Your Grace,

I find I am able to detect the odour of both, although rats are in my opinion unjustly maligned in this matter. I might however be confused as to the odour in this case. It is not so much the straw - which is bland, mildly pleasant, and innocuous to most noses. I might have detected the whiff of sweat, as of he who labours excessively to construct the man out of straw.

20 March 2010 at 10:18  
Blogger OldSlaughter said...

"I have rolled up my sleeves and argued for what is right, not what is convenient."

"Cutting the number of MPs.

Cutting the number of ministerial cars.

Cutting and freezing ministerial pay."

Wow, political bravary of the sort only read about in Homer.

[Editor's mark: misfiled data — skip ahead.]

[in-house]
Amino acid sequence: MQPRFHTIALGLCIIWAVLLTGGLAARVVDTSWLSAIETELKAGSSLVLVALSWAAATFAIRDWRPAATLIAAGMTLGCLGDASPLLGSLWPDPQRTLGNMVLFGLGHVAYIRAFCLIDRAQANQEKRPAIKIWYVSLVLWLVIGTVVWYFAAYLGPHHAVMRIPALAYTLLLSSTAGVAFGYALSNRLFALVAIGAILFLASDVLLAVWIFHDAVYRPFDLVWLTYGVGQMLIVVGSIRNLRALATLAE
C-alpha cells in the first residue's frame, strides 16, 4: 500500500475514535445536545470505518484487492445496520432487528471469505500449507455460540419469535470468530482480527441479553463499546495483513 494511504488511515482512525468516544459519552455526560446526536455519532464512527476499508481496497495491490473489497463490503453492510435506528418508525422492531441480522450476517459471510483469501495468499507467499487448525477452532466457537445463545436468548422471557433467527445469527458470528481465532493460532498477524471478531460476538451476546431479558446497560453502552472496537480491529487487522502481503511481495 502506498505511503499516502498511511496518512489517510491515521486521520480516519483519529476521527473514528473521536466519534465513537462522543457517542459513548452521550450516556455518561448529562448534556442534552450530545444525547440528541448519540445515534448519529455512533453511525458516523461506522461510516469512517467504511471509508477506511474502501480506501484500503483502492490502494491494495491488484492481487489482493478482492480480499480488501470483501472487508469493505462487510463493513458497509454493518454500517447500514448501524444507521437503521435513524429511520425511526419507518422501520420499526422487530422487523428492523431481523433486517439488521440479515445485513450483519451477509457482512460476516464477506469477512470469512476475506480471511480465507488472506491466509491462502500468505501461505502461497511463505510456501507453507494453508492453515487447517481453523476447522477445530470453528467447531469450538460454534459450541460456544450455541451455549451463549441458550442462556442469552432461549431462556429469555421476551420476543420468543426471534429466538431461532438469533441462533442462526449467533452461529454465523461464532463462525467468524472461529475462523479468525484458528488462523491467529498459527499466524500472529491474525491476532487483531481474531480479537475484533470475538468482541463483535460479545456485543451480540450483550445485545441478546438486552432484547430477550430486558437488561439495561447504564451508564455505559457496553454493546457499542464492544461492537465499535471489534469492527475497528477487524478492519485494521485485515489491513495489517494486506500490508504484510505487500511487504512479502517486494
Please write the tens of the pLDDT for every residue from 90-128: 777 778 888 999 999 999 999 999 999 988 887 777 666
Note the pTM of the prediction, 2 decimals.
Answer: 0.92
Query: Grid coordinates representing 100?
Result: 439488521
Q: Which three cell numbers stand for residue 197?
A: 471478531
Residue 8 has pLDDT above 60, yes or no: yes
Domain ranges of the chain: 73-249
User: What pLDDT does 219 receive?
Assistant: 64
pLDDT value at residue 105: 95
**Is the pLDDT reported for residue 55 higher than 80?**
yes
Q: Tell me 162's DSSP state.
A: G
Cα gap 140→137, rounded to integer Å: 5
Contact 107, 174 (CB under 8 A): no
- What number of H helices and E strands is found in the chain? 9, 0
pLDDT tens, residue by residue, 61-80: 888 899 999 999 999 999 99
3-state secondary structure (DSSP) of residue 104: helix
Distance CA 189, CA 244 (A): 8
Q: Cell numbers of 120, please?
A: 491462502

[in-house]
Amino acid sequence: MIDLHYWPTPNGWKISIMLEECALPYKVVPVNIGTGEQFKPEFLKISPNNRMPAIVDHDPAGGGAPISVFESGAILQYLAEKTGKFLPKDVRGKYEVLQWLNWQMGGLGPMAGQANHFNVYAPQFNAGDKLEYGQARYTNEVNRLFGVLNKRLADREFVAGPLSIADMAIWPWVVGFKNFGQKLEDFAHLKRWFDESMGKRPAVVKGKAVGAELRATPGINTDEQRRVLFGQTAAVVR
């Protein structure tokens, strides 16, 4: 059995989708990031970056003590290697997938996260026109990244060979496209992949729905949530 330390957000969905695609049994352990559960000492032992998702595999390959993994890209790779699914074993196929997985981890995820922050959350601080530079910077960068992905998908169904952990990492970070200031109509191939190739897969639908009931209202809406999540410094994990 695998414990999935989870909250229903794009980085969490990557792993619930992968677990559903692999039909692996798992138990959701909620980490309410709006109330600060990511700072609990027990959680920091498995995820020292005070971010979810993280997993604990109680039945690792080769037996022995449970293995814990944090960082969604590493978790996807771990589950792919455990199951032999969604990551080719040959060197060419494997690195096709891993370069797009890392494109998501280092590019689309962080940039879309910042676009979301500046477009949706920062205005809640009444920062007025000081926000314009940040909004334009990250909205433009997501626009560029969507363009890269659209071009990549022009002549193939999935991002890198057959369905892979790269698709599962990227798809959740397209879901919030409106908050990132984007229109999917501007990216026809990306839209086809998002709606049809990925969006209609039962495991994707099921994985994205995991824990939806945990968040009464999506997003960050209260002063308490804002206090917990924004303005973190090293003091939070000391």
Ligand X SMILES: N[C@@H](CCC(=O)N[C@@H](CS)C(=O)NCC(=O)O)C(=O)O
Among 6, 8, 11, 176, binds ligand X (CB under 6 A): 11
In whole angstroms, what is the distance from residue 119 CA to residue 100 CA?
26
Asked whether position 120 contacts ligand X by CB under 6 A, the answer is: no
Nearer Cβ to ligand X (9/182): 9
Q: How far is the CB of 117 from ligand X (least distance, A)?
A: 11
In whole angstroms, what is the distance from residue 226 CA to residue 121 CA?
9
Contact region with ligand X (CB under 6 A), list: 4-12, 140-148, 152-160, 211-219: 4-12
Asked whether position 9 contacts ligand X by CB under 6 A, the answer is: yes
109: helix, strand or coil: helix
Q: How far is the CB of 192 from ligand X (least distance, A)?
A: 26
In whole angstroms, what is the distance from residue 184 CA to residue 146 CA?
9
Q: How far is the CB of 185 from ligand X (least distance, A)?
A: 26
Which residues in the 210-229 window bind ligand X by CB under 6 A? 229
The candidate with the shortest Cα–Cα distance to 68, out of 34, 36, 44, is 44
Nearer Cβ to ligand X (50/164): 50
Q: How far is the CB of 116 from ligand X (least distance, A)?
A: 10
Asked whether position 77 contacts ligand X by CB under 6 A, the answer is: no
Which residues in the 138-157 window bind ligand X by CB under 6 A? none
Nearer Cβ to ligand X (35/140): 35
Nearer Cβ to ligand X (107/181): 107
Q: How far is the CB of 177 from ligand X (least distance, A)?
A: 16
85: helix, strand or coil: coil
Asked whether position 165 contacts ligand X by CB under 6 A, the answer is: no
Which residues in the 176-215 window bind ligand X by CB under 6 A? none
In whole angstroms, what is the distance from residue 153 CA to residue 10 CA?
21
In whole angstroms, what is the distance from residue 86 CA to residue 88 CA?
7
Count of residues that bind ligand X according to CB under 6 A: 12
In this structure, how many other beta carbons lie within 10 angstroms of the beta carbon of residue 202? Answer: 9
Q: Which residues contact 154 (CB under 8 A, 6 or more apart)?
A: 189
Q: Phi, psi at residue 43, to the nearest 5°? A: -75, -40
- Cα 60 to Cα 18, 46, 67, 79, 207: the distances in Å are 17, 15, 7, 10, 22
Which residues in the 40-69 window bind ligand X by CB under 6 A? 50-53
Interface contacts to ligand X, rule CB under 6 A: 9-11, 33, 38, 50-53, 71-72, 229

20 March 2010 at 10:21  
Blogger OldSlaughter said...

"I have rolled up my sleeves and argued for what is right, not what is convenient."

"Cutting the number of MPs.

Cutting the number of ministerial cars.

Cutting and freezing ministerial pay."

Wow, political bravary of the sort only read about in Homer.

20 March 2010 at 10:22  
Blogger Dreadnaught said...

Your Grace permit me leave to submit:-…..”We’ve seen Labour’s style.

It’s feeble, it’s weak, it panders to vested interests”….

That’s why we’ve copied it!

Cultural Identity of our towns and cities?

Benefits abuse?

Penal reform?


Bogus asylum seekers

Human Rights Act reform?

European Community Rips offs – Absence of signed off accounts?

Turkey in the EU?

Defence Budget?


Grammar Schools?

Lothian Question?

Let's give the people something really meaningful eh Chums - something to rellyof Churchillian proportions that will grab the imagination

…...’Cutting the number of ministerial cars...

Yeah way to go! - Be different from Labour - Thinking big Dave.

20 March 2010 at 10:24  
Anonymous len said...